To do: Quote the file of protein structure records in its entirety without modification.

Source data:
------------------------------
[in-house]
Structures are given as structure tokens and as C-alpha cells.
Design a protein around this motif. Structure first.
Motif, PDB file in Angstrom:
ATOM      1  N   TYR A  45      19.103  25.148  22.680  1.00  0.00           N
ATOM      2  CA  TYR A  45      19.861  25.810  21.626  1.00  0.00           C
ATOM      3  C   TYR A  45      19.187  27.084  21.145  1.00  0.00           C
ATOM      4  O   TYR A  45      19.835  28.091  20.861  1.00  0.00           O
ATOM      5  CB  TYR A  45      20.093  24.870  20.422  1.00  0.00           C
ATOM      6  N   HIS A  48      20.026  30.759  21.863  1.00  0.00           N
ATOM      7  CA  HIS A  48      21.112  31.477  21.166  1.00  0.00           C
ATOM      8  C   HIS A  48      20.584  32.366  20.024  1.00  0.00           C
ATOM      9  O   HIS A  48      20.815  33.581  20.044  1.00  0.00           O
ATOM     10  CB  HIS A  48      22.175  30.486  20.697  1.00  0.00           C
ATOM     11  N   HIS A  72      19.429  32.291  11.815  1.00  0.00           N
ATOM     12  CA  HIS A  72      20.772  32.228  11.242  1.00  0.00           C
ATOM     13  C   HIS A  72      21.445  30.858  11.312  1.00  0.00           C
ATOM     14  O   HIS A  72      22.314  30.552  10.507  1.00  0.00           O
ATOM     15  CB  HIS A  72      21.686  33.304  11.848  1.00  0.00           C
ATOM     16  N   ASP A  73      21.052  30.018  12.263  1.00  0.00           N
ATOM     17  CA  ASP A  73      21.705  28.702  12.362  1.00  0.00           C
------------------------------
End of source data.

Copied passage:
[in-house]
Structures are given as structure tokens and as C-alpha cells.
Design a protein around this motif. Structure first.
Motif, PDB file in Angstrom:
ATOM      1  N   TYR A  45      19.103  25.148  22.680  1.00  0.00           N
ATOM      2  CA  TYR A  45      19.861  25.810  21.626  1.00  0.00           C
ATOM      3  C   TYR A  45      19.187  27.084  21.145  1.00  0.00           C
ATOM      4  O   TYR A  45      19.835  28.091  20.861  1.00  0.00           O
ATOM      5  CB  TYR A  45      20.093  24.870  20.422  1.00  0.00           C
ATOM      6  N   HIS A  48      20.026  30.759  21.863  1.00  0.00           N
ATOM      7  CA  HIS A  48      21.112  31.477  21.166  1.00  0.00           C
ATOM      8  C   HIS A  48      20.584  32.366  20.024  1.00  0.00           C
ATOM      9  O   HIS A  48      20.815  33.581  20.044  1.00  0.00           O
ATOM     10  CB  HIS A  48      22.175  30.486  20.697  1.00  0.00           C
ATOM     11  N   HIS A  72      19.429  32.291  11.815  1.00  0.00           N
ATOM     12  CA  HIS A  72      20.772  32.228  11.242  1.00  0.00           C
ATOM     13  C   HIS A  72      21.445  30.858  11.312  1.00  0.00           C
ATOM     14  O   HIS A  72      22.314  30.552  10.507  1.00  0.00           O
ATOM     15  CB  HIS A  72      21.686  33.304  11.848  1.00  0.00           C
ATOM     16  N   ASP A  73      21.052  30.018  12.263  1.00  0.00           N
ATOM     17  CA  ASP A  73      21.705  28.702  12.362  1.00  0.00           C